Among the true markers of long recovery is a life with more peace, more compassion and more acceptance. When I hear folks with long recovery talk what impresses me most is their willingness. I hear, and I see—because it’s behavior that counts --their willingness to use the tools of recovery; their willingness to admit they are wrong; and their willingness to say, “I don’t know” and “You may be right.”
Our friends with strong recovery have a willingness to believe in a Higher Power, and a willingness to surrender their lives to that Higher Power. Yes, there is still that swing of giving and taking back our will, and no one does this perfectly, but I do admire the willingness of people in recovery who do more than just give up or go along with what ishappening. Instead they practice a kind of active willingness.
Seeing that kind of deep and amazing change is what prompted me to write about long-term recovery in the book, “Out of the Woods.”
I think of it this way: Willingness is more than just gravity. An apple falling from a tree may or may not be willing. But a person who tries sky diving, bungee jumping or slipping into the deep end of the swimming pool is demonstrating willingness. Acceptance requires willingness, and forgiveness is the product of willingness. And, as we’ve been told over the years, you only need a little bit of willingness to do any of this. Just a very little bit.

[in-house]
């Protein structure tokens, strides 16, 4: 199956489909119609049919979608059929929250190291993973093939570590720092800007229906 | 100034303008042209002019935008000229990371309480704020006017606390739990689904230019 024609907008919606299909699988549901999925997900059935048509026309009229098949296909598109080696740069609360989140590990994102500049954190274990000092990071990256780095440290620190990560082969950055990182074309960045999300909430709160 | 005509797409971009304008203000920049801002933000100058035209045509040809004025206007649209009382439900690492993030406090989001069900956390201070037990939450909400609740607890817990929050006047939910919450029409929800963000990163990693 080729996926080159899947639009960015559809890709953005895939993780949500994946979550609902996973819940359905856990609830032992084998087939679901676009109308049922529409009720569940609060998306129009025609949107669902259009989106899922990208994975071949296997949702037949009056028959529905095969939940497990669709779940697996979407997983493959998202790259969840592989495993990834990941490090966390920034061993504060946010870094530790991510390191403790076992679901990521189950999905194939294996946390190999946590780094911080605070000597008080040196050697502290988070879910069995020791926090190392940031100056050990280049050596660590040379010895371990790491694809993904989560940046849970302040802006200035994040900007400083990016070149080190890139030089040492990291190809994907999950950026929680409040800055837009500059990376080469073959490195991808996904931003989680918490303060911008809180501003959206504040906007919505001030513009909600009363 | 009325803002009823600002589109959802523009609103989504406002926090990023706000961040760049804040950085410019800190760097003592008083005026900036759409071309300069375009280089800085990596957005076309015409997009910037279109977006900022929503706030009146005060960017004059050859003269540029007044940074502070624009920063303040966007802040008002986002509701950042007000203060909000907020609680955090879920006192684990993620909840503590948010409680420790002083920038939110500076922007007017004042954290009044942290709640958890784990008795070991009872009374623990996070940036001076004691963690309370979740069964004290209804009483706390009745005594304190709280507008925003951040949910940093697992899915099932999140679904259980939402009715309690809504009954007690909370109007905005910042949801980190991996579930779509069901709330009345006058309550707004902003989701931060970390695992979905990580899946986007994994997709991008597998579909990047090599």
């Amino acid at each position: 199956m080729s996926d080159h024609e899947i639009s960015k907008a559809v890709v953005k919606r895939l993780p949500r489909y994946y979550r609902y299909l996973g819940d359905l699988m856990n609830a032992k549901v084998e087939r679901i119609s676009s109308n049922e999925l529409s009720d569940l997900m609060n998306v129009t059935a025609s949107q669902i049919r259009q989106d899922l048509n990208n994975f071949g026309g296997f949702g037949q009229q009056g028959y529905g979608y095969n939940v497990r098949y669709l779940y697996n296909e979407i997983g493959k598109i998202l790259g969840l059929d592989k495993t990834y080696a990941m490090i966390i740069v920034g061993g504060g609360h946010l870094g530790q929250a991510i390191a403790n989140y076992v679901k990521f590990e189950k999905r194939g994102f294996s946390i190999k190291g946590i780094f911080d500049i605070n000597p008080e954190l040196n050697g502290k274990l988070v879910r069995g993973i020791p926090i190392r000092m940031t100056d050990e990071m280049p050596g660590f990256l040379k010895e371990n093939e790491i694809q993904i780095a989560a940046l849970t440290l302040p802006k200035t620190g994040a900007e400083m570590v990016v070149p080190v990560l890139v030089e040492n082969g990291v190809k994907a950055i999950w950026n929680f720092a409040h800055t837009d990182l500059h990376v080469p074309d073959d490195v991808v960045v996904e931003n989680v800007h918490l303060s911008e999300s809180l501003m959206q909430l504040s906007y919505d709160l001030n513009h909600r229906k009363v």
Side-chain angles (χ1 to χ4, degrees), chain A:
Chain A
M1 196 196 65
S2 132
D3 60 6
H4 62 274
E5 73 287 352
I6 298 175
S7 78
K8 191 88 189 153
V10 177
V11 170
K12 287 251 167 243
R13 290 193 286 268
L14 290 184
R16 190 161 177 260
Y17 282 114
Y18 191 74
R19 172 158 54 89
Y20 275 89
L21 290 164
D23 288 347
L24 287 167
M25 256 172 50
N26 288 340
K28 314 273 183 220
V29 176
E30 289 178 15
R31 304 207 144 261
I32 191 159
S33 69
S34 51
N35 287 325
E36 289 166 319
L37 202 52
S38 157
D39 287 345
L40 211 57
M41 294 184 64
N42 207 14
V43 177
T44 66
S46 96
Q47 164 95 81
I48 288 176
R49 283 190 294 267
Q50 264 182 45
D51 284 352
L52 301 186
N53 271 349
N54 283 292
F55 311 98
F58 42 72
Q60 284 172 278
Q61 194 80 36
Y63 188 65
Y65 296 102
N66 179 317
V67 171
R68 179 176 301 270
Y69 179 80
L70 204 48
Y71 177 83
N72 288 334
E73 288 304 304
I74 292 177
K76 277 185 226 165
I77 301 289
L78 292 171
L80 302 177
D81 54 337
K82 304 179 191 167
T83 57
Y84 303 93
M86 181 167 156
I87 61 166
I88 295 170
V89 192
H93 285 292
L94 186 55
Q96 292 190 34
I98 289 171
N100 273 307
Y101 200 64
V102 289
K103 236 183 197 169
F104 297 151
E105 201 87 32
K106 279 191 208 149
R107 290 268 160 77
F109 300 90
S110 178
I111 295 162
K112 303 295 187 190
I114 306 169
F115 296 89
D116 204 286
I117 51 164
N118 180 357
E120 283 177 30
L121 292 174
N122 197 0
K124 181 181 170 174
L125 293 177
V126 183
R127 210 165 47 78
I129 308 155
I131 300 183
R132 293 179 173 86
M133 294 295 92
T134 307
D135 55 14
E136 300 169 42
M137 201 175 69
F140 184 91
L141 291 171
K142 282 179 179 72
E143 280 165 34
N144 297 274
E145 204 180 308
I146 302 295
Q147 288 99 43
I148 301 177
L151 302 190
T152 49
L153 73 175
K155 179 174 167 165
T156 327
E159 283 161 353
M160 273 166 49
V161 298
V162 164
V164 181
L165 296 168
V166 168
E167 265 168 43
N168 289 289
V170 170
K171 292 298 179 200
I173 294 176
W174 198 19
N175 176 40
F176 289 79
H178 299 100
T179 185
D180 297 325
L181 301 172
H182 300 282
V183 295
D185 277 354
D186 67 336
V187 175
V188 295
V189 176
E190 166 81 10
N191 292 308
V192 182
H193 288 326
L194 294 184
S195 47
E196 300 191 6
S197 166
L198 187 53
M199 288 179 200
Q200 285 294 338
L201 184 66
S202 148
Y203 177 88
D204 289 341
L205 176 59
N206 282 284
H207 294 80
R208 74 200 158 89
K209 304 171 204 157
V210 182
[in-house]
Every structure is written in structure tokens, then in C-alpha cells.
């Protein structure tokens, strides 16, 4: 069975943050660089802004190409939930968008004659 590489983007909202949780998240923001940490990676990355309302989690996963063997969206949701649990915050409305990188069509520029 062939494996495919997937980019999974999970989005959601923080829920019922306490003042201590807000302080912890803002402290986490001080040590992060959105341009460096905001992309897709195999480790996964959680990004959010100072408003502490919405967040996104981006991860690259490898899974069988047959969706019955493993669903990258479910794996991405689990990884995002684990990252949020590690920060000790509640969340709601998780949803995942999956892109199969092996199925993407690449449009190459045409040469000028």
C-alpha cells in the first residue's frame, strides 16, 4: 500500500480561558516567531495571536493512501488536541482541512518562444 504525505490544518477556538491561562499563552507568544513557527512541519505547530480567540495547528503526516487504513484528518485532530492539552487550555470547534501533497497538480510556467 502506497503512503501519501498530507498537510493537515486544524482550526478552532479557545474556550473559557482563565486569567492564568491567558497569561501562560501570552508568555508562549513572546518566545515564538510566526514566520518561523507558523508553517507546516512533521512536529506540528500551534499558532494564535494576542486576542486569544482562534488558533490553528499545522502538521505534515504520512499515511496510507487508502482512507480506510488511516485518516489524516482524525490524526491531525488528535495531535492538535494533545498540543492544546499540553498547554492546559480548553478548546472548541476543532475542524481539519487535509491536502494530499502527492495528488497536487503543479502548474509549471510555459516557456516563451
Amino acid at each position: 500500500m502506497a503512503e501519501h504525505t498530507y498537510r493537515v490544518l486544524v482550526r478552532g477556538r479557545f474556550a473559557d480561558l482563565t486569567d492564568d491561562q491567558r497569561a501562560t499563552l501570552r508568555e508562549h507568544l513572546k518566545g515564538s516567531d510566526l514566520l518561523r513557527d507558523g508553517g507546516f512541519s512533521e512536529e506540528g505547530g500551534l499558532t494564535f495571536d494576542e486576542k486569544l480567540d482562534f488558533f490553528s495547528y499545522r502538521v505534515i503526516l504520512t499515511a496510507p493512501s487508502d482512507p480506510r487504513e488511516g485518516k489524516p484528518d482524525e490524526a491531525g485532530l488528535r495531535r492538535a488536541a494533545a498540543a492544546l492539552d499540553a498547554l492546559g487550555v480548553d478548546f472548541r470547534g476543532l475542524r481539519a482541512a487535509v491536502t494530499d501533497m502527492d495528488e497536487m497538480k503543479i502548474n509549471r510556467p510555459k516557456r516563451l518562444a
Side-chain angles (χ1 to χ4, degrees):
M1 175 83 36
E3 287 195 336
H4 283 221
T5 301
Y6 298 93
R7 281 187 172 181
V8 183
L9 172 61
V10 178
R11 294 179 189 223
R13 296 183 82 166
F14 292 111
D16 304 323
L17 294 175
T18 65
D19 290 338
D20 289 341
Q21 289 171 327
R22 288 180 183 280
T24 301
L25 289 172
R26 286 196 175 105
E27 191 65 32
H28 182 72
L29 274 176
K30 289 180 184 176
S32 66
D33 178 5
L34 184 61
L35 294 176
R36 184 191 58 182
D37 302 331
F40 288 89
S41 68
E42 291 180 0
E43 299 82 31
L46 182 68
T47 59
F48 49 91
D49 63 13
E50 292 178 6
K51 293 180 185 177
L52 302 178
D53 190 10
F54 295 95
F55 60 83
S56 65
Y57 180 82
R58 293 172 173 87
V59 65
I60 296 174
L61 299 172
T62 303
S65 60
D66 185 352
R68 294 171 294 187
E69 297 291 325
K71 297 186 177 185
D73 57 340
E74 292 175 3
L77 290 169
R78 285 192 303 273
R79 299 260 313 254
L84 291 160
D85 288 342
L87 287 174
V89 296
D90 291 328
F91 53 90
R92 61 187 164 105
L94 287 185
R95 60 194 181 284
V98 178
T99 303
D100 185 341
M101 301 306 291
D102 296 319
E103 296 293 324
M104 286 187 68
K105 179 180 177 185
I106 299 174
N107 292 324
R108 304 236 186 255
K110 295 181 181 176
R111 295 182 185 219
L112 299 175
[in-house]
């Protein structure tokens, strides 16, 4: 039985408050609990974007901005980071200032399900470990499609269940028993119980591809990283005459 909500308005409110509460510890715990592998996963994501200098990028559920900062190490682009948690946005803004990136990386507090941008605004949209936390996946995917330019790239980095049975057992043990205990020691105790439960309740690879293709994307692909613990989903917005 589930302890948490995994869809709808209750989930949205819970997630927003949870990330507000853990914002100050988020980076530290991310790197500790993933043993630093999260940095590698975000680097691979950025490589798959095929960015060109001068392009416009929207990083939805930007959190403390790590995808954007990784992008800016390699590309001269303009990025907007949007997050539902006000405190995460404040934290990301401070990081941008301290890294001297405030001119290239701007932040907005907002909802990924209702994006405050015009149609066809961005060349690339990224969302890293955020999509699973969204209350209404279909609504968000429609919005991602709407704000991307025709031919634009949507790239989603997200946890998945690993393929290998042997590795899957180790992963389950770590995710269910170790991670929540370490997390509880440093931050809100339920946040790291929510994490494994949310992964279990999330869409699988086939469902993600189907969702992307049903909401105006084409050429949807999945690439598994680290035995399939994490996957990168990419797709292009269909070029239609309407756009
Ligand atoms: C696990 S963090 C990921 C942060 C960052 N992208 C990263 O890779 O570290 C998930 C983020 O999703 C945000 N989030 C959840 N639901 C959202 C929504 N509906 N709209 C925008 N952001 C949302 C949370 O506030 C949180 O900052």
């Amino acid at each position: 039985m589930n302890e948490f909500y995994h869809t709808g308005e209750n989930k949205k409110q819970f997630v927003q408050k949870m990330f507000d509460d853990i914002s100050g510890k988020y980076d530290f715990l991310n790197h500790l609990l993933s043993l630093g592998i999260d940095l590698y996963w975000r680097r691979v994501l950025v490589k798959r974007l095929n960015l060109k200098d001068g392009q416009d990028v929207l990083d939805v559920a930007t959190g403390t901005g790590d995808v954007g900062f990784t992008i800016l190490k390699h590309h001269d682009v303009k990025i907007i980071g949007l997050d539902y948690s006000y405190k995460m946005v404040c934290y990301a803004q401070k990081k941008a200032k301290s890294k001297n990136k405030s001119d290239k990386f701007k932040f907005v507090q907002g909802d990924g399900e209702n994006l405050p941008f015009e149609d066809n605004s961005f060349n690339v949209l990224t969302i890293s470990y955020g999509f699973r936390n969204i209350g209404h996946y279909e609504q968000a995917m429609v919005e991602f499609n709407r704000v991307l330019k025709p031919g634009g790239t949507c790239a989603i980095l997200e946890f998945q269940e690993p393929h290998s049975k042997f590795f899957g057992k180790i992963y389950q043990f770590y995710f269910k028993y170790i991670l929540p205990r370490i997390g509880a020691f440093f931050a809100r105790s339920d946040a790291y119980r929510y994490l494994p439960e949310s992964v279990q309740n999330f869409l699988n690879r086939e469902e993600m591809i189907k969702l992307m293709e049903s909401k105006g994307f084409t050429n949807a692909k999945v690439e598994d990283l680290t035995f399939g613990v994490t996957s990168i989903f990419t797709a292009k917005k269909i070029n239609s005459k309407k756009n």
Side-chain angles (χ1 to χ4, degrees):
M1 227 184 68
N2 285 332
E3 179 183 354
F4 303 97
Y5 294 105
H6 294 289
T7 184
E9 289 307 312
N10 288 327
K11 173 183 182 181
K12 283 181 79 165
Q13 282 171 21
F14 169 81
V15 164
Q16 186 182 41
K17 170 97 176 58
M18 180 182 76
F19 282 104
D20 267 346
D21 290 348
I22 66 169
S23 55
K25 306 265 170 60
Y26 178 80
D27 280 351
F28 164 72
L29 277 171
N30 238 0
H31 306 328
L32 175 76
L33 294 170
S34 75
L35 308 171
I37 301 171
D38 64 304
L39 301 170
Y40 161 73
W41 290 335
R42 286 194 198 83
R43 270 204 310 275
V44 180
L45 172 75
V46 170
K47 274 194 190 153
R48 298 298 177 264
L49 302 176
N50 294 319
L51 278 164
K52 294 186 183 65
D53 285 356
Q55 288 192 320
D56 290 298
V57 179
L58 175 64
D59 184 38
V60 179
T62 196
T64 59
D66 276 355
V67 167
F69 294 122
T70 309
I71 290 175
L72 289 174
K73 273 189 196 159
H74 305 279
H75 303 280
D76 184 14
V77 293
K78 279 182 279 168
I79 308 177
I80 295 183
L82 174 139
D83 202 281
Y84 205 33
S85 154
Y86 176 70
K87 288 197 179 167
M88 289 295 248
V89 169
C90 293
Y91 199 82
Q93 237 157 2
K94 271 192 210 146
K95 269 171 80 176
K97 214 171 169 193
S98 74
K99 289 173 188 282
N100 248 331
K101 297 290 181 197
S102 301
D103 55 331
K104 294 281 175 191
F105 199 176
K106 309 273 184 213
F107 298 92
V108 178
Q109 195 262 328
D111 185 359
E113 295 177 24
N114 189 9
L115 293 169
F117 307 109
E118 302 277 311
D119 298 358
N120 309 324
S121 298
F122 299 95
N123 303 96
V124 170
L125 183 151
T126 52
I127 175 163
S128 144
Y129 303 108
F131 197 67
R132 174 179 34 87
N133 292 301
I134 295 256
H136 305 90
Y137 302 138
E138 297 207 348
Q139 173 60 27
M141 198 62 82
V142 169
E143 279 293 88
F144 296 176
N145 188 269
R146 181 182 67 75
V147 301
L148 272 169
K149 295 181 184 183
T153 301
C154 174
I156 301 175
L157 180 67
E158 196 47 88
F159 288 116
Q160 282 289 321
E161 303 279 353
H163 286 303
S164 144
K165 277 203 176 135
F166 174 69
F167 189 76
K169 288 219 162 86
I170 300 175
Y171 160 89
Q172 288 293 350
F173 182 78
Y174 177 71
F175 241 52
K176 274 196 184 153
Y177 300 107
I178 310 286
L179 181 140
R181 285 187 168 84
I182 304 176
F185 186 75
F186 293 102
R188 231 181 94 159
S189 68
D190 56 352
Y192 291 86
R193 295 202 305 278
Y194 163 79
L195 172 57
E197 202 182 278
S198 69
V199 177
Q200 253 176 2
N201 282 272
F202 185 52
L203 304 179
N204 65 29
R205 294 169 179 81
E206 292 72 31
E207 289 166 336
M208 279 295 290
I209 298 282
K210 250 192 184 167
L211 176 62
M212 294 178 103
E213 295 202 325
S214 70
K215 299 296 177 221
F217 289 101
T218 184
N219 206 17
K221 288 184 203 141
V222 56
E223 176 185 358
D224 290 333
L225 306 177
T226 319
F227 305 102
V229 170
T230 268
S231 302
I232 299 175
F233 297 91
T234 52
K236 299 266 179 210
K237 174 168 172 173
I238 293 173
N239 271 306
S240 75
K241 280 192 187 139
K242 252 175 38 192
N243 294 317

Some of my favorite sayings about willingness are these:
“Willingness is a grace. It is a softening. It is leaving the door slightly ajar.”
“Willingness is showing up. It is showing up and letting go.”
“Willingness is a freedom and it is a step toward freedom.”
“Willingness is a movement of energy; my energy joined to God’s.”
One of the finest messages we garner from The Big Book is about willingness. It is in the story called, “Freedom from Bondage” and it describes the author wanting so badly to be free of a terrible resentment. She gets some help from a magazine article and she describes the practice this way: “If you have a resentment you want to be free of, if you will pray for the person or thing that you resent, you will be free.” The prescription suggests that we do this praying for two weeks.
The writer goes on to say, “It has worked for me many times, and it will work for me every time I am willing to work for it.”
In many ways it couldn’t be a simpler suggestion. We can seek willingness and even the willingness to be willing.
"Out of the Woods--A Guide to Long-term Recovery" is published by Central Recovery Press.